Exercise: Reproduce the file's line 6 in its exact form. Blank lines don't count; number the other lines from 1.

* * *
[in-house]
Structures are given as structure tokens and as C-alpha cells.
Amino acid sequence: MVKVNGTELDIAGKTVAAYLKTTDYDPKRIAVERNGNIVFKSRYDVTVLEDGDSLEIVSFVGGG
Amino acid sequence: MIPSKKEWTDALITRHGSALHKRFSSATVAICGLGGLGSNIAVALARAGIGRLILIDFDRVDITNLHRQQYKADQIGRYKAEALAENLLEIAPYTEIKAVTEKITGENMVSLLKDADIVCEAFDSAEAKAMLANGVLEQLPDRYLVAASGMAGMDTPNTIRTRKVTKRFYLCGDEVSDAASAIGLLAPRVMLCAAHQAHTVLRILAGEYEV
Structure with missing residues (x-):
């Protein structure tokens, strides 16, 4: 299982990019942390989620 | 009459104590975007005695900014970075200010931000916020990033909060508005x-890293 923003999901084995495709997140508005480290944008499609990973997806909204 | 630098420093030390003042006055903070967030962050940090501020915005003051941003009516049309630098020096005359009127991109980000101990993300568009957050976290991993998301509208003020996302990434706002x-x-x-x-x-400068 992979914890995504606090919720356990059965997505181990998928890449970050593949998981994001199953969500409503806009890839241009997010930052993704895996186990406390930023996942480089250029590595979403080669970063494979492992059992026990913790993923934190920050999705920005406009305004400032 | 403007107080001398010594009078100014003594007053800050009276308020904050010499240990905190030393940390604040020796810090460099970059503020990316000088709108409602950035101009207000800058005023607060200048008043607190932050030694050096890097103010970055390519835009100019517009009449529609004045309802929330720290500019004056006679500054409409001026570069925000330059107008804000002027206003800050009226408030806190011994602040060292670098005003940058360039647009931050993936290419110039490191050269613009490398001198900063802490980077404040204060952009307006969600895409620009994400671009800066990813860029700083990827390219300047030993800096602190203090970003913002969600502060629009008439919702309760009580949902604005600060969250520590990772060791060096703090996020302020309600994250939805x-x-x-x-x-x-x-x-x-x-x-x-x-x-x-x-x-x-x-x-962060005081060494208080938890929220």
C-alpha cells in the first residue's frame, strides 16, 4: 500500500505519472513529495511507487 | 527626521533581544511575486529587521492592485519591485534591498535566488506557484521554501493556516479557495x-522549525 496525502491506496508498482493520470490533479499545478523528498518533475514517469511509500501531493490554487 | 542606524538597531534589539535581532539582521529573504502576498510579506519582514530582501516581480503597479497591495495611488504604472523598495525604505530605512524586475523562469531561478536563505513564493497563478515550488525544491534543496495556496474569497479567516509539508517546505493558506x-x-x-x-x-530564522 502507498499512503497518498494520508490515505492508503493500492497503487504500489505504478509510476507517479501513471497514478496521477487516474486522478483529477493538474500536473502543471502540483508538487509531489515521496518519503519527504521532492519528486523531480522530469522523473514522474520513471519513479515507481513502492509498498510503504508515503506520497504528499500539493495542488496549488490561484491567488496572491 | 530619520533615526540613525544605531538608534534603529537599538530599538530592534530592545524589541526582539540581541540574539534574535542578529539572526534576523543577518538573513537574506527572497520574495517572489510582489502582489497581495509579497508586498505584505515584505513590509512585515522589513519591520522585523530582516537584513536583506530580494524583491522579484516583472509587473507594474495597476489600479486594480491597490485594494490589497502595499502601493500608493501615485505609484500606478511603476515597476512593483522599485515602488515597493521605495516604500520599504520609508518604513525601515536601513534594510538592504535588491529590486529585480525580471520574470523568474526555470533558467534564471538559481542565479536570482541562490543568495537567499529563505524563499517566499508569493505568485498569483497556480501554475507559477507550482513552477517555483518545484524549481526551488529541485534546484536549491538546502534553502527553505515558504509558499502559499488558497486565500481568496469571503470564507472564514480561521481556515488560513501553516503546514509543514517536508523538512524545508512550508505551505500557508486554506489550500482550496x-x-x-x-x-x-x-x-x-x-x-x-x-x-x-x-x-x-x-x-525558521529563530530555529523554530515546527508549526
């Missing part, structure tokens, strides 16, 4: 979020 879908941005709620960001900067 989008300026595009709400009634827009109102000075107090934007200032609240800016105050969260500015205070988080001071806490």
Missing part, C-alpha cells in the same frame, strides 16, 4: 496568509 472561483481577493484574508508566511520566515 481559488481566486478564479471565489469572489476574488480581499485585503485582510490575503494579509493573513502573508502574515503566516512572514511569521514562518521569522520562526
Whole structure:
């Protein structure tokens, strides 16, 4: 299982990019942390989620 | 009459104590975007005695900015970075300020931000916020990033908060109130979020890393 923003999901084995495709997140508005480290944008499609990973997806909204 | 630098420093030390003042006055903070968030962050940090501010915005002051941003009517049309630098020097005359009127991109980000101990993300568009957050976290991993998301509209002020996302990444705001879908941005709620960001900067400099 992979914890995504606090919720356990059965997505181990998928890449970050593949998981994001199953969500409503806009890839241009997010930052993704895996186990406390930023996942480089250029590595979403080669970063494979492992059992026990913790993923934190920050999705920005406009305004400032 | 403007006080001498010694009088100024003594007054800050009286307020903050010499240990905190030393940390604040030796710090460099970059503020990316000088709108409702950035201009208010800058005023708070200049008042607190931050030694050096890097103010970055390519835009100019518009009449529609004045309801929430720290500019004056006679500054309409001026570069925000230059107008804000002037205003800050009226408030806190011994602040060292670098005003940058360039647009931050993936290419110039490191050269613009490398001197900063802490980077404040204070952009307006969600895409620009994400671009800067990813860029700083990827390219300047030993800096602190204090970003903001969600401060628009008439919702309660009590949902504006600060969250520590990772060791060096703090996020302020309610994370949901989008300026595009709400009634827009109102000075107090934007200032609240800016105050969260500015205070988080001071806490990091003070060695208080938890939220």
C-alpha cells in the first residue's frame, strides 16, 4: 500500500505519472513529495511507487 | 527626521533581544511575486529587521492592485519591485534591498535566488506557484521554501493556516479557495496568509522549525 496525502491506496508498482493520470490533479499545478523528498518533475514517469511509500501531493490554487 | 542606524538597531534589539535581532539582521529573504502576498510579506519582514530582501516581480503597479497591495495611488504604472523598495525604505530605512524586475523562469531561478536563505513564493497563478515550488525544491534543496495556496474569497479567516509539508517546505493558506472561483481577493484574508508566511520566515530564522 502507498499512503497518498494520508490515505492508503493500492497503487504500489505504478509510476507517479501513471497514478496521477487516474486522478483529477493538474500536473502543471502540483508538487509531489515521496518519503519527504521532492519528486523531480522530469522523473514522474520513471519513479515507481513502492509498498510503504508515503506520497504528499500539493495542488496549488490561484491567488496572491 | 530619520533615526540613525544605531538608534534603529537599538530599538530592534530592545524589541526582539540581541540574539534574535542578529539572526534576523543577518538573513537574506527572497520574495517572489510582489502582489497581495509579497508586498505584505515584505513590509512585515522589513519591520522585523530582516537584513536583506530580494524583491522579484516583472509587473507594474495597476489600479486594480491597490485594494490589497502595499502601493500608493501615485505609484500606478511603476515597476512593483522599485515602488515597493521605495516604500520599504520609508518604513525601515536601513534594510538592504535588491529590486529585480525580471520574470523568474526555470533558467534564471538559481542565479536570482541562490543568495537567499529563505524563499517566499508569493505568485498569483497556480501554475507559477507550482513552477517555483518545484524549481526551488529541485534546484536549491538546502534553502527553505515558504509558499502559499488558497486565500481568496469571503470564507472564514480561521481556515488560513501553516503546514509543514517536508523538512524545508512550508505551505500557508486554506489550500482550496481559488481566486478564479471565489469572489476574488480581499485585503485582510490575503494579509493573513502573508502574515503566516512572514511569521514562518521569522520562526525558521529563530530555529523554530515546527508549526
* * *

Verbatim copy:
């Protein structure tokens, strides 16, 4: 299982990019942390989620 | 009459104590975007005695900014970075200010931000916020990033909060508005x-890293 923003999901084995495709997140508005480290944008499609990973997806909204 | 630098420093030390003042006055903070967030962050940090501020915005003051941003009516049309630098020096005359009127991109980000101990993300568009957050976290991993998301509208003020996302990434706002x-x-x-x-x-400068 992979914890995504606090919720356990059965997505181990998928890449970050593949998981994001199953969500409503806009890839241009997010930052993704895996186990406390930023996942480089250029590595979403080669970063494979492992059992026990913790993923934190920050999705920005406009305004400032 | 403007107080001398010594009078100014003594007053800050009276308020904050010499240990905190030393940390604040020796810090460099970059503020990316000088709108409602950035101009207000800058005023607060200048008043607190932050030694050096890097103010970055390519835009100019517009009449529609004045309802929330720290500019004056006679500054409409001026570069925000330059107008804000002027206003800050009226408030806190011994602040060292670098005003940058360039647009931050993936290419110039490191050269613009490398001198900063802490980077404040204060952009307006969600895409620009994400671009800066990813860029700083990827390219300047030993800096602190203090970003913002969600502060629009008439919702309760009580949902604005600060969250520590990772060791060096703090996020302020309600994250939805x-x-x-x-x-x-x-x-x-x-x-x-x-x-x-x-x-x-x-x-962060005081060494208080938890929220």